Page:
As a business owner, it may be tempting to act as your own debt collector for commercial (business) loans or outstanding debts. For example, suppose you advance funds to a certain vendor and the vendor delays paying you back for several months. You will likely send gentle reminders and then make more aggressive pleas as time goes on and you seek repayment. Eventually you will want to take matters into your own hands.
Some business owners quickly realize that informal methods to collect on outstanding accounts are generally not effective. At some point, especially with a sizeable debt, it makes sense to hire an experienced collections lawyer to represent the business owner in commercial collection efforts.
For many business owners, taking on debt is part of the cost of doing business, especially in the beginning. For example, businesses may find themselves putting business expenses on credit cards, borrowing money to purchase equipment and other assets, and / or using lines of credit to make improvements or renovate the business' physical space.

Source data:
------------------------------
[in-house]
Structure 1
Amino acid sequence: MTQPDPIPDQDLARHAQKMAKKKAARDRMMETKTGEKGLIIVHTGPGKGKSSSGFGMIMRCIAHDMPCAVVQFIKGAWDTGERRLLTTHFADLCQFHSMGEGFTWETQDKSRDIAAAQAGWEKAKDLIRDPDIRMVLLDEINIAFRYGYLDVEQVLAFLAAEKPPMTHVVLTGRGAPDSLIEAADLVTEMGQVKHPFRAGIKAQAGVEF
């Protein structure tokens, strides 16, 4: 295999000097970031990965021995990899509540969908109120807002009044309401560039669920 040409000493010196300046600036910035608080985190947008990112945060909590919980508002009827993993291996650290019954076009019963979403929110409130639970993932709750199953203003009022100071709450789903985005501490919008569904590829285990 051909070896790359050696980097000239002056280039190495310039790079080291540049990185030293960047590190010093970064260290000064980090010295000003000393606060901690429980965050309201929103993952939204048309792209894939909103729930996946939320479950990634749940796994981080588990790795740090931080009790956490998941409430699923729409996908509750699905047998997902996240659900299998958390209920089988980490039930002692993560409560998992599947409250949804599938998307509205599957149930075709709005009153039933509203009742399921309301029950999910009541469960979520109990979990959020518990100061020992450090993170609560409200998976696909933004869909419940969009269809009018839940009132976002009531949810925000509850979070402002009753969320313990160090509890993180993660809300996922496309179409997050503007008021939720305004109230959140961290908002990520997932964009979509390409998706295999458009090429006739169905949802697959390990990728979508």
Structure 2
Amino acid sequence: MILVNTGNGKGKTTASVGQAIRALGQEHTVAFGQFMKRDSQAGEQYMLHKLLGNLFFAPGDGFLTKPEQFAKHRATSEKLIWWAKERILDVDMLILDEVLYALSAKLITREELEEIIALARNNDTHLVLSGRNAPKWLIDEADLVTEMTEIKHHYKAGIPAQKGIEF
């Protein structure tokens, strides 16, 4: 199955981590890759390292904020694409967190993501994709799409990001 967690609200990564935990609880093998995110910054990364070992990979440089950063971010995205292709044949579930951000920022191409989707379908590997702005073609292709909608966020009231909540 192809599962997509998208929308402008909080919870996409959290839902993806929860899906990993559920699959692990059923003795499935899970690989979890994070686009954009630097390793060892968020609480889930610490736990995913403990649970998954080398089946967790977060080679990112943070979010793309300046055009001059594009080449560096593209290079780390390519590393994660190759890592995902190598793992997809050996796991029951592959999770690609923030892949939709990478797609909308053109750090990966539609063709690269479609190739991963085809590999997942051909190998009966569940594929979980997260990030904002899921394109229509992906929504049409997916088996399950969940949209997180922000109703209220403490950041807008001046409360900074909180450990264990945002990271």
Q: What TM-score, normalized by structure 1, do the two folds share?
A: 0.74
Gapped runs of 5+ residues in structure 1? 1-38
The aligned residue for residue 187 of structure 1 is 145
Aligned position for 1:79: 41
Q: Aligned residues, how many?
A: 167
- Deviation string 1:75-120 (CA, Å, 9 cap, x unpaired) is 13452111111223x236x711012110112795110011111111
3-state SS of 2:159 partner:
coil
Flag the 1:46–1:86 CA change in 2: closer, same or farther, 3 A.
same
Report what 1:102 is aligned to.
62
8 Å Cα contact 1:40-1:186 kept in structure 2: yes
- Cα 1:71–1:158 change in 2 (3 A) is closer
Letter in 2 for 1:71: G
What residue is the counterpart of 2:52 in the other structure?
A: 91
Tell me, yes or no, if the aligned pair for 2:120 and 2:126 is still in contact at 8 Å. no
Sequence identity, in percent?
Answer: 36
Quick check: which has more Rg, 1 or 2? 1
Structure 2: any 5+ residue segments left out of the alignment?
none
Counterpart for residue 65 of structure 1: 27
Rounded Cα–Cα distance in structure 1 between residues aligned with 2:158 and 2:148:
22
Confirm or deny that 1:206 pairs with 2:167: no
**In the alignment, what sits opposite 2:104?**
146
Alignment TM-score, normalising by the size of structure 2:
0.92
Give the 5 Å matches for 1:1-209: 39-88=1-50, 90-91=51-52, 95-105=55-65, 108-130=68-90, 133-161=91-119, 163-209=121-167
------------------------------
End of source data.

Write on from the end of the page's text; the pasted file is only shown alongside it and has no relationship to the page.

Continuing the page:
One of the challenges for many business owners is ensuring accounts receivable are current. If your clients or suppliers' accounts are past due, you may consider calling a firm to assist with commercial collections. Indeed, timing is often critical in debt collection matters. Some business creditors worry that by the time they collect, the borrower will have liquidated any assets that can be used to repay the loan. While legal procedures can slow down or stop a borrower from destroying assets, the most important part of reacting to a borrower's refusal to pay a loan is to seek immediate and experienced legal counsel.